Niche in Back Wall of Shah-i Zindah Mosque. Samarkand
The Shah-i Zindah (Persian for “living king”) necropolis is located at the outskirts of Samarkand. Situated on an ancient burial ground, it is revered as a memorial to Kusam-ibn-Abbas, a cousin of the Prophet Muhammad. Shown here is the main peshtak (facade arch) of a mausoleum built in 1361 adjacent to the Kusam-ibn-Abbas shrine. Although its patron has not been identified, it was apparently intended for a prominent noblewoman. In addition to ceramic mosaics, the mausoleum has glazed carved terra-cotta columns and panels with intricate floral, geometric, and inscriptional designs. Curving tendrils link floral patterns, including the lotus blossom. Above the bricked portal is an inscription panel, and the arch niche culminates in a complex geometric design. The image is by Russian photographer Sergei Mikhailovich Prokudin-Gorskii (1863–1944), who used a special color photography process to create a visual record of the Russian Empire in the early 20th century. Some of Prokudin-Gorskii’s photographs date from about 1905, but the bulk of his work is from between 1909 and 1915, when, with the support of Tsar Nicholas II and the Ministry of Transportation, he undertook extended trips through many different parts of the empire. In 1911 he made two trips to Turkestan (present-day Uzbekistan and neighboring states), where he devoted special attention to monuments of Islamic architecture.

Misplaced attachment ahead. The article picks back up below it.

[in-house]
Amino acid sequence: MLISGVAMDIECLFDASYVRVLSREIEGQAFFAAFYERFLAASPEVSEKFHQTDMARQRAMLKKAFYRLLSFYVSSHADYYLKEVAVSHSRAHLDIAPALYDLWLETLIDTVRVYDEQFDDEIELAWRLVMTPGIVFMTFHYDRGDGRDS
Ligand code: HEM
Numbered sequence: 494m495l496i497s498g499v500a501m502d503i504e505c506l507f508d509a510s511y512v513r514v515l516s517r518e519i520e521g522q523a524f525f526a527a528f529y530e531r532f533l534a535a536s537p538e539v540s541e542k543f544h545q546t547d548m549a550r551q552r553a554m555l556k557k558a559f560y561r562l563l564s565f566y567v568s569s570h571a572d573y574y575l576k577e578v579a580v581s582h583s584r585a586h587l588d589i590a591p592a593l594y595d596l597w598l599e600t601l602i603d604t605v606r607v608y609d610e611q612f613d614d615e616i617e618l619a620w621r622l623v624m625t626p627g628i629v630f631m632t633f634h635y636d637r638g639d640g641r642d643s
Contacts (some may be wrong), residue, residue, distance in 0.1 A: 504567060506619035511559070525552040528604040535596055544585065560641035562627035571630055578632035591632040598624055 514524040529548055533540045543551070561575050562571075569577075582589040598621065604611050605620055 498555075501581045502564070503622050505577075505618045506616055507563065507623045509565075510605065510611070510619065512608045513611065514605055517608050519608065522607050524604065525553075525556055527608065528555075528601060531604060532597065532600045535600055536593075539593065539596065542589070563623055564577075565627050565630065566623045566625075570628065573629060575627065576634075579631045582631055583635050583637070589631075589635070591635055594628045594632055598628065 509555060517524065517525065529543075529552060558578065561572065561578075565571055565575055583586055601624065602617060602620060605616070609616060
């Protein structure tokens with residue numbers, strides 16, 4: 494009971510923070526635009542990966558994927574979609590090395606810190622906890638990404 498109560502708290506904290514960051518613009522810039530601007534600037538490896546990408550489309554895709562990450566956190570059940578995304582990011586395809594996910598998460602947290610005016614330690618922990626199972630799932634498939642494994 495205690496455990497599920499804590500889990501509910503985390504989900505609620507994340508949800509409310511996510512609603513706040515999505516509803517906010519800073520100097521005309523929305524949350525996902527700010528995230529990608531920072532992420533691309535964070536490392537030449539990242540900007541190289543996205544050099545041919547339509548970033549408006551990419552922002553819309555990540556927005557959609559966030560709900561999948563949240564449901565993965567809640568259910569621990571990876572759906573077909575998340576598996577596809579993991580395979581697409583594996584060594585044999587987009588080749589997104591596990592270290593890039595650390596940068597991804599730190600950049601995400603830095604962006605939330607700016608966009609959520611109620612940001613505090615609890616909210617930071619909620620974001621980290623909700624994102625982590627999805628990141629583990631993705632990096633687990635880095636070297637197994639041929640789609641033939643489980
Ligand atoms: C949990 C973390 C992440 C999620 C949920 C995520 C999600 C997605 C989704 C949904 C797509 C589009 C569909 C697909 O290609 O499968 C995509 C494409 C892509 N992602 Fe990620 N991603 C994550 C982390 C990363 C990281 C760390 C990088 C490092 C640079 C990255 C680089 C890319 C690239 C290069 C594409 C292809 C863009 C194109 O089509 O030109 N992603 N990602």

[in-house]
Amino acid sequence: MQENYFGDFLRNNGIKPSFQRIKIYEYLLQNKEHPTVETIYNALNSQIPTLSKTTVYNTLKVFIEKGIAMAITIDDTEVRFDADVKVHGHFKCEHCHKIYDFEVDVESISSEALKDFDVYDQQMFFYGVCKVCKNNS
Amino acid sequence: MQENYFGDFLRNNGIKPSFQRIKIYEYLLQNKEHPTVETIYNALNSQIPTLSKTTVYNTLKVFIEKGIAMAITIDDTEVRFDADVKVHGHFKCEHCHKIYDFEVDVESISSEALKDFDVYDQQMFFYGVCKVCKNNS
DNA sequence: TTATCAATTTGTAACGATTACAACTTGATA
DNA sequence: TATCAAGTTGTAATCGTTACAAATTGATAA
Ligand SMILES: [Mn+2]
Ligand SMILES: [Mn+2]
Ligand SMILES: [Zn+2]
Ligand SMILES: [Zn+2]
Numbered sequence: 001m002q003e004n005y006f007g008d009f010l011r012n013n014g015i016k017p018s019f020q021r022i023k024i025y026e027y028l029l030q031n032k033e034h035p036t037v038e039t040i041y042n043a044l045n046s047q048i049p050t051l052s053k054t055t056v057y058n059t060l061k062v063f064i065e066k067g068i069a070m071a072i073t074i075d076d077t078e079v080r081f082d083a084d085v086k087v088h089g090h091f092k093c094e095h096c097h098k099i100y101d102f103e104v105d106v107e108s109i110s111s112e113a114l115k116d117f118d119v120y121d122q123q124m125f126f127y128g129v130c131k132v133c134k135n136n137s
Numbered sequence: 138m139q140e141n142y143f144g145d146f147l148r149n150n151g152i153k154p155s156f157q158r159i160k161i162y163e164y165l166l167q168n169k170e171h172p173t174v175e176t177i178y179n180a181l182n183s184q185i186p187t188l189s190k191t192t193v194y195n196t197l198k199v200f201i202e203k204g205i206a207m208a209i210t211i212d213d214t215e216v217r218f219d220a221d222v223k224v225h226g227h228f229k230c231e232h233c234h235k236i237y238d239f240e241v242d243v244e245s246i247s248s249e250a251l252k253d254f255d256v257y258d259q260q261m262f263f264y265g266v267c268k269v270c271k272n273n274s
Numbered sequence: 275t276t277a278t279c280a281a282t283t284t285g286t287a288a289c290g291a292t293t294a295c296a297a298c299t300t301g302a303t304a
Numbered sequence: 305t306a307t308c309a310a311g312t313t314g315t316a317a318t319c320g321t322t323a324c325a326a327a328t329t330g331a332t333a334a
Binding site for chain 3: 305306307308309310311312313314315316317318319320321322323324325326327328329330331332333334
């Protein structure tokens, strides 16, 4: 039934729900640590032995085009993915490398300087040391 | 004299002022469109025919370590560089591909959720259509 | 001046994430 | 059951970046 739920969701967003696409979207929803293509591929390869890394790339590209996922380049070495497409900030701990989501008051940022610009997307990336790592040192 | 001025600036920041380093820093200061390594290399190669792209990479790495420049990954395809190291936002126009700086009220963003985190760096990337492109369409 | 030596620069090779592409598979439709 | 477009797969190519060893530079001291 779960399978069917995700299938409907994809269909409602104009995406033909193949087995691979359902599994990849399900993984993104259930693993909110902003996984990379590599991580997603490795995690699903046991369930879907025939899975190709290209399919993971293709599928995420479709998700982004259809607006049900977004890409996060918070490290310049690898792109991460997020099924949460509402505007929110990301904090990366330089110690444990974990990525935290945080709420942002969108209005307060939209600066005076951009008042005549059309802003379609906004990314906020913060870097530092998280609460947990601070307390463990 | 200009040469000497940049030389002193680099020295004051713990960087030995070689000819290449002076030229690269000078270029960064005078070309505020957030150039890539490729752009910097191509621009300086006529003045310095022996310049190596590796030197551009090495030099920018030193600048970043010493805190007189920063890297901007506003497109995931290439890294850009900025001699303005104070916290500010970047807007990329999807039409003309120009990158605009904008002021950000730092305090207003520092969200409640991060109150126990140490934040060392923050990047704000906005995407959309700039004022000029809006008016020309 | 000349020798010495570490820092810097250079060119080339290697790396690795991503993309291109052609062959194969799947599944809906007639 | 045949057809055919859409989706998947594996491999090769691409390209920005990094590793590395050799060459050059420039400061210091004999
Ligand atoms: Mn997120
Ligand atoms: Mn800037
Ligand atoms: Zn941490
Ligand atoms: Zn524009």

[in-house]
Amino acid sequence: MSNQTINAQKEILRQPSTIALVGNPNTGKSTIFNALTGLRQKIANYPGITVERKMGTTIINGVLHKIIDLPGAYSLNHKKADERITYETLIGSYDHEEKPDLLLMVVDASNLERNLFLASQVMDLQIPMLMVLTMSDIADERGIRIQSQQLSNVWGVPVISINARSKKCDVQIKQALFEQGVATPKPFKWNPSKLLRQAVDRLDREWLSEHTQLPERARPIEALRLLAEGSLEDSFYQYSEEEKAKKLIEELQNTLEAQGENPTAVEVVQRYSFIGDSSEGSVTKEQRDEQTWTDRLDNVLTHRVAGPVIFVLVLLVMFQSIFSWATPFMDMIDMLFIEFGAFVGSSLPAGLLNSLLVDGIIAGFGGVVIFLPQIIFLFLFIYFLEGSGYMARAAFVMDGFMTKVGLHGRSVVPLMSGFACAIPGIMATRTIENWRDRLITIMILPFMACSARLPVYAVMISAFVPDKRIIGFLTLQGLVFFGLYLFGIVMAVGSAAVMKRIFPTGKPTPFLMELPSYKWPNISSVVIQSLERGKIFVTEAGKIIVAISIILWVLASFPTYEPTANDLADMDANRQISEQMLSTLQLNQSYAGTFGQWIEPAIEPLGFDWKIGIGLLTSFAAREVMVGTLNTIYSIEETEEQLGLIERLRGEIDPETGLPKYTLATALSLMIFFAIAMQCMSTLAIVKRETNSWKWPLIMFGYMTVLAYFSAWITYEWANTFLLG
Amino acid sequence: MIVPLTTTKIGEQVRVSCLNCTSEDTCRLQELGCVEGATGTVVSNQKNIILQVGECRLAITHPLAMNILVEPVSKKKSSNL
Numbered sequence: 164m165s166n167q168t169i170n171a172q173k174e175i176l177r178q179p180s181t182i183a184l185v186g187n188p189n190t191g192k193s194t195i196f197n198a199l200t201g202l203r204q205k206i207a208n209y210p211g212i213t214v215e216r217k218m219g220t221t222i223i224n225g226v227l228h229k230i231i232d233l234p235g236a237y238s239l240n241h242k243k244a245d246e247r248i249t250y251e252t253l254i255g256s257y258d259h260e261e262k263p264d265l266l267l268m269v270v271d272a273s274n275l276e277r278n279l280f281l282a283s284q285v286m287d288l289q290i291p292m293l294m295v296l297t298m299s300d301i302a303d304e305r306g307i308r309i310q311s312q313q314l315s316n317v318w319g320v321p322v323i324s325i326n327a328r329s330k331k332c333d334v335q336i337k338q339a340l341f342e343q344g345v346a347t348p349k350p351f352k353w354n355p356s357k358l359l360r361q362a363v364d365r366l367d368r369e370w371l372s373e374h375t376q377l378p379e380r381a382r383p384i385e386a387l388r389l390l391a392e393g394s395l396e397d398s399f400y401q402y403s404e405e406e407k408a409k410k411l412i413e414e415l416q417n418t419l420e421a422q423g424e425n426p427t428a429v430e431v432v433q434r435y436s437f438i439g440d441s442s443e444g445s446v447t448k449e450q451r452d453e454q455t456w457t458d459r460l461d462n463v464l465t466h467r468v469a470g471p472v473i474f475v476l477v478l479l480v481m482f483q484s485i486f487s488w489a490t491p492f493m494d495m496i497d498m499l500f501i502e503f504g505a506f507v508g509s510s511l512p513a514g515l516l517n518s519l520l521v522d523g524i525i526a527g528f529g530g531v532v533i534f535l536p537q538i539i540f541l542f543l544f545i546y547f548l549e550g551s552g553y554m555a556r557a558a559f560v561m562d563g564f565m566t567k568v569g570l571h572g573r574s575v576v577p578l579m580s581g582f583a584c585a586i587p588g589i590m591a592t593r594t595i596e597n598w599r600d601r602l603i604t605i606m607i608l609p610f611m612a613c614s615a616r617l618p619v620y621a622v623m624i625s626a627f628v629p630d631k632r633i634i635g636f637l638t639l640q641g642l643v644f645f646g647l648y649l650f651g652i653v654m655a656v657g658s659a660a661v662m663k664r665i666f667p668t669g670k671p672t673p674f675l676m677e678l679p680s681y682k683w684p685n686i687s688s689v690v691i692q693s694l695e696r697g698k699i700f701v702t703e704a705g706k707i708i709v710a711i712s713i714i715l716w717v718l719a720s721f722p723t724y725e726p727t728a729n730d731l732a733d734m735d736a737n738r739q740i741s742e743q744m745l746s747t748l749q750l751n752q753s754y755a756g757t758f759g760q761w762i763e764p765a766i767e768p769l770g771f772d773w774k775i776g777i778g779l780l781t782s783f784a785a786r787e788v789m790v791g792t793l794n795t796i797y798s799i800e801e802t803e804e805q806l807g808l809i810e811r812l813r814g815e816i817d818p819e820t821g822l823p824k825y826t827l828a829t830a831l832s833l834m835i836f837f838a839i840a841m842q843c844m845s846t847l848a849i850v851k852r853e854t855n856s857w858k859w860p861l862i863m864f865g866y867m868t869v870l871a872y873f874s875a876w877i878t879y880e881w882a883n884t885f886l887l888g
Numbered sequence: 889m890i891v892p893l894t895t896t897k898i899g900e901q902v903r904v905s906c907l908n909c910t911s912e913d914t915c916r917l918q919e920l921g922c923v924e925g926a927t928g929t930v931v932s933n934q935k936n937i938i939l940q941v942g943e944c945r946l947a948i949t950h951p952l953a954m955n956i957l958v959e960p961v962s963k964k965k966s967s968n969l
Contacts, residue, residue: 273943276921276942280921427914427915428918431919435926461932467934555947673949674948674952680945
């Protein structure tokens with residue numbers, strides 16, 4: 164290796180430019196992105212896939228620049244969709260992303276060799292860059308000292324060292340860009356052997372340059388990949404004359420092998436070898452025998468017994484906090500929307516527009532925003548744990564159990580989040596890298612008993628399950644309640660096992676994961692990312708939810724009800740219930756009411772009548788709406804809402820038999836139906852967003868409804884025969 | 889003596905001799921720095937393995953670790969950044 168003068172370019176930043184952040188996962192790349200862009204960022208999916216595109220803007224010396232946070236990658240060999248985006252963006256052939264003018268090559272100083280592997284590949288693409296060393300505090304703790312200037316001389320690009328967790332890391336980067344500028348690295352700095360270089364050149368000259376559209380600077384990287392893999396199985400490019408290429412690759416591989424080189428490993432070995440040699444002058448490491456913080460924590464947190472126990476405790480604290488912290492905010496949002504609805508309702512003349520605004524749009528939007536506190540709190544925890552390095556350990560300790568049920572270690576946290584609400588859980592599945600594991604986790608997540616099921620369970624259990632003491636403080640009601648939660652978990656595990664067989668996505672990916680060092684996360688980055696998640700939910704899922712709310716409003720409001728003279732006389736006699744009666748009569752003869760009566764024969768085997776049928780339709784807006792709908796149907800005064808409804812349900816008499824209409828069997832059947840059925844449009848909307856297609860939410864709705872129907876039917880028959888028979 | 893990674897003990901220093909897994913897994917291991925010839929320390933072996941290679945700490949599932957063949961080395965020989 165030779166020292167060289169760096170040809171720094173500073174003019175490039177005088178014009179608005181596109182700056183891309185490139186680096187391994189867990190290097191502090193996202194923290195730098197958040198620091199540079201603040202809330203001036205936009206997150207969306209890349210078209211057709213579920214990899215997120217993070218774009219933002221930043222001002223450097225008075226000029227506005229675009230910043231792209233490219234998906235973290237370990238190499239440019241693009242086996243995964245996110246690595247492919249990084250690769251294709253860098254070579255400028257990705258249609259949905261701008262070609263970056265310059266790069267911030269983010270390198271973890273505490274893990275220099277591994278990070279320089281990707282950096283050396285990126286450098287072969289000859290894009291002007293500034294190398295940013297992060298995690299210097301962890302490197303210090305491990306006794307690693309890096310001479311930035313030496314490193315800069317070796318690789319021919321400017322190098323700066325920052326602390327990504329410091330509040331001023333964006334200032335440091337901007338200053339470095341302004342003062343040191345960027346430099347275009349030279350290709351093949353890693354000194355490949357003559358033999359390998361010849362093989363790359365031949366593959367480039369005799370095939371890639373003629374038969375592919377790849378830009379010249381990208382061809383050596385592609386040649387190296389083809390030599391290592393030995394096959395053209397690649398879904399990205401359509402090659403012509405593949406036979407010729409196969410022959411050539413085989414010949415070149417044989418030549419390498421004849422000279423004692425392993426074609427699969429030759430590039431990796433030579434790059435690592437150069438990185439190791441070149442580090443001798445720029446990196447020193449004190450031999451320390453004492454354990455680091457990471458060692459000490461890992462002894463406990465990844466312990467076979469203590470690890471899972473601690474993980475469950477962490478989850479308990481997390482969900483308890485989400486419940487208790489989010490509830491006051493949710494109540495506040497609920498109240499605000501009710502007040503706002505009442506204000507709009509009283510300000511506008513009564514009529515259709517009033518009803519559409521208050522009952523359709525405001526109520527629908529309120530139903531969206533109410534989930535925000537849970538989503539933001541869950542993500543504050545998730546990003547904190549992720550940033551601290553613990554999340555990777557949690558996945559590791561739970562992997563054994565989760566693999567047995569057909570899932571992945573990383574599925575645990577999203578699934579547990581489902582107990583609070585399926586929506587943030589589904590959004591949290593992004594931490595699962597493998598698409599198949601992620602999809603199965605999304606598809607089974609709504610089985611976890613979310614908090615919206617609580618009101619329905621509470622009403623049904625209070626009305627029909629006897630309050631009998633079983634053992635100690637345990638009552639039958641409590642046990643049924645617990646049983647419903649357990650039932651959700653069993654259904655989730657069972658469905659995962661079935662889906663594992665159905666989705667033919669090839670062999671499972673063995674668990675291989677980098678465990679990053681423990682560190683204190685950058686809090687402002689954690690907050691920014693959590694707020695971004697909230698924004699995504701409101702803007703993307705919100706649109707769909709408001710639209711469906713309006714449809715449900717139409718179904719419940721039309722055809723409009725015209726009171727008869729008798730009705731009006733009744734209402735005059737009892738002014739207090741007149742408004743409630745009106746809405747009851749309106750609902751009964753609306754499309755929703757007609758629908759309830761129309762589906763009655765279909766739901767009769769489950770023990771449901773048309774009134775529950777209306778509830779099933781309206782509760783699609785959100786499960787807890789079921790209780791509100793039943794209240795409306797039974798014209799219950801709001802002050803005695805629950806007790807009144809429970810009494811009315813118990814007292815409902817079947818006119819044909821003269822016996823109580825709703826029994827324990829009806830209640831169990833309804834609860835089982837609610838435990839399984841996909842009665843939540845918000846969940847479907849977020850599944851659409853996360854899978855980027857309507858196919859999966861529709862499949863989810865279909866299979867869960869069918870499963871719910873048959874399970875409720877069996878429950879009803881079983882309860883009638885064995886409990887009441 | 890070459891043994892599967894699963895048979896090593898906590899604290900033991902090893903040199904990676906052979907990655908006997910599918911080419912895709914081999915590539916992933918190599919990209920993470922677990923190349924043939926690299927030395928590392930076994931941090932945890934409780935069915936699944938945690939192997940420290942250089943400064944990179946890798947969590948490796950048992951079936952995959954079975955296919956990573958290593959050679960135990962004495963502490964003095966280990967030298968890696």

- acku Afghanistan
- Image Size
- 1800x1644 / 876.1KB
- Contained in galleries